Opinion: Mobile apps, SOAs and technology rebuilding all hold promise.
What will be the top IT trends in 2006? I know it is a bit premature to outline what will happen in 06 just as the year is getting under way, but here goes.
The confluence of location, identity and mobility.
Each year the prognosticators have been saying "this is the year" forpick oneGPS and computing, RFID and computing, or mobility and computing. But Im picking 2006 as the real breakout year. The behind-the-scenes database work to build sufficiently robust systems to keep track of a companys inventory, shipping containers and delivery systems is well along at many big companies. In addition to the Wal-Marts of the world being able to track sales and inventory down to the product level, new Web services companies will be offering these capabilities to SMBs (small and midsize businesses). Security also is a big driver in this market, and the behind-the-scenes work has been moving along here as well. This year, companies will finally see manufacturing and inventory systems actually tied in to the physical product.
Corporate applications become truly mobile.
In this issue, Labs Technical Analyst Michael Catons CRM reviews include a look at sales and work force applications delivered via wireless phones.
This is a change from software that used to work on PDAs and notebooks via synchronization. Applications from companies such as EConz and Sendia are designed from the ground up to work on the wireless-phone network.
Joining those sales applications will be financial, project management and a range of corporate software designed from the start for mobility.
The cell phones where the data will be viewed are due for a new round of larger and sharper displays, keyboards designed beyond thumb-based response, and security, with the data never residing on the device but on the host system at corporate headquarters.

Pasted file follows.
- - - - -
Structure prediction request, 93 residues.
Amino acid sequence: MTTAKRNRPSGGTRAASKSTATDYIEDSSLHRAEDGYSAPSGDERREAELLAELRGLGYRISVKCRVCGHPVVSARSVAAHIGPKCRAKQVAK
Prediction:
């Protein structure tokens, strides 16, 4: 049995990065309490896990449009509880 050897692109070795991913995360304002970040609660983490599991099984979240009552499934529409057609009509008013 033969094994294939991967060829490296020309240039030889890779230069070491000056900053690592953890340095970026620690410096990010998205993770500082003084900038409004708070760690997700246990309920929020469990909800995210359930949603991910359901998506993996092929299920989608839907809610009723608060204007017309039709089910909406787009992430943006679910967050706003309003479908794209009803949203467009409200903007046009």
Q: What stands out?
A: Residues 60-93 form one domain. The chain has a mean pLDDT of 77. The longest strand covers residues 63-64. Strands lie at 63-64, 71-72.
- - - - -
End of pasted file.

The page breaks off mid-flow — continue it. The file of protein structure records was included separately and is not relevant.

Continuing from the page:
As corporate applications become more friendly to VOIP, and voice-based inquiry and response, the phone will become the mobile workers primary communication tool.
Service-oriented management. While last year was a year when vendors talked a lot about SOAs (service-oriented architectures), Web services and service-based applications, little has been said about the management process for bringing those services to the corporation. Services have too often been seen as an either-or situation where, for instance, a Salesforce.com-hosted CRM service replaces a traditional CRM system running at a customers site.
The management aspects of melding hosted service offerings and a traditional technology infrastructure are substantial. Services sort of snuck up on CIOs and technology management; this year, these managers will understand how to evaluate, budget and implement services into the overall corporate environment.
Rebuilding the technology radar. This is in direct opposition to the IT-doesnt-matter philosophy. Take all the topics in this column, including location-aware systems, mobile applications and new services, and add in topics such as micromachines, nanotechnologies, open-source software, new display technologies, multicore processors and energy usage. What do you have? You have managers faced with many technology choices that can truly change how their companies operate and interact with customers.
Making the right choices requires those managers to rebuild the technology early-warning systems that have languished. The ability to choose between product upgrades or new services, in-house versus outsourced capabilities, or maintaining an existing infrastructure versus a wholesale replacement all are topics that can make or break a company.
If you look at the race between Microsoft, Google and Yahoo to see which can offer the most robust service in the shortest time, you can get an idea of what is required to be a technology competitor this year.
The winner will be the company that can offer the broadest range of services, often built from a combination of existing services. What holds true in the competitive arena for the big technology vendors also holds true for your company this year.
eWEEK magazine editor in chief Eric Lundquist can be reached at firstname.lastname@example.org.
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